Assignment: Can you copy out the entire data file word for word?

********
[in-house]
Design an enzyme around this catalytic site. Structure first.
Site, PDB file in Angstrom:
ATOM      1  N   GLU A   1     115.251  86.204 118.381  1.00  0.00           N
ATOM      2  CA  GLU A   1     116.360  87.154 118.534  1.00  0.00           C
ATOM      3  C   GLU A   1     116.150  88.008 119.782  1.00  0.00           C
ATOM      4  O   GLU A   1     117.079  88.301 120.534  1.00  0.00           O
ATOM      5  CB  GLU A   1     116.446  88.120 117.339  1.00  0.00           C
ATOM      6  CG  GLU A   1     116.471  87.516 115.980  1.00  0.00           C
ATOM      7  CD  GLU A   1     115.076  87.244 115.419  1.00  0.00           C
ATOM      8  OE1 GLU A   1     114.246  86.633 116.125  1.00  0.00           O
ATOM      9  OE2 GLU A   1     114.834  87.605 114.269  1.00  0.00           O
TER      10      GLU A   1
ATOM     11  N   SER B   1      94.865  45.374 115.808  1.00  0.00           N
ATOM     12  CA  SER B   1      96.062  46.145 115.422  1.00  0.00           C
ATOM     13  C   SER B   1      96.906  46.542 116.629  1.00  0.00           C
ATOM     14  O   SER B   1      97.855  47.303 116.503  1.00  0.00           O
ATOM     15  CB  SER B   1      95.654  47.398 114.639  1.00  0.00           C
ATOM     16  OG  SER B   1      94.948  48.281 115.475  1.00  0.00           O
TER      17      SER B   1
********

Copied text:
[in-house]
Design an enzyme around this catalytic site. Structure first.
Site, PDB file in Angstrom:
ATOM      1  N   GLU A   1     115.251  86.204 118.381  1.00  0.00           N
ATOM      2  CA  GLU A   1     116.360  87.154 118.534  1.00  0.00           C
ATOM      3  C   GLU A   1     116.150  88.008 119.782  1.00  0.00           C
ATOM      4  O   GLU A   1     117.079  88.301 120.534  1.00  0.00           O
ATOM      5  CB  GLU A   1     116.446  88.120 117.339  1.00  0.00           C
ATOM      6  CG  GLU A   1     116.471  87.516 115.980  1.00  0.00           C
ATOM      7  CD  GLU A   1     115.076  87.244 115.419  1.00  0.00           C
ATOM      8  OE1 GLU A   1     114.246  86.633 116.125  1.00  0.00           O
ATOM      9  OE2 GLU A   1     114.834  87.605 114.269  1.00  0.00           O
TER      10      GLU A   1
ATOM     11  N   SER B   1      94.865  45.374 115.808  1.00  0.00           N
ATOM     12  CA  SER B   1      96.062  46.145 115.422  1.00  0.00           C
ATOM     13  C   SER B   1      96.906  46.542 116.629  1.00  0.00           C
ATOM     14  O   SER B   1      97.855  47.303 116.503  1.00  0.00           O
ATOM     15  CB  SER B   1      95.654  47.398 114.639  1.00  0.00           C
ATOM     16  OG  SER B   1      94.948  48.281 115.475  1.00  0.00           O
TER      17      SER B   1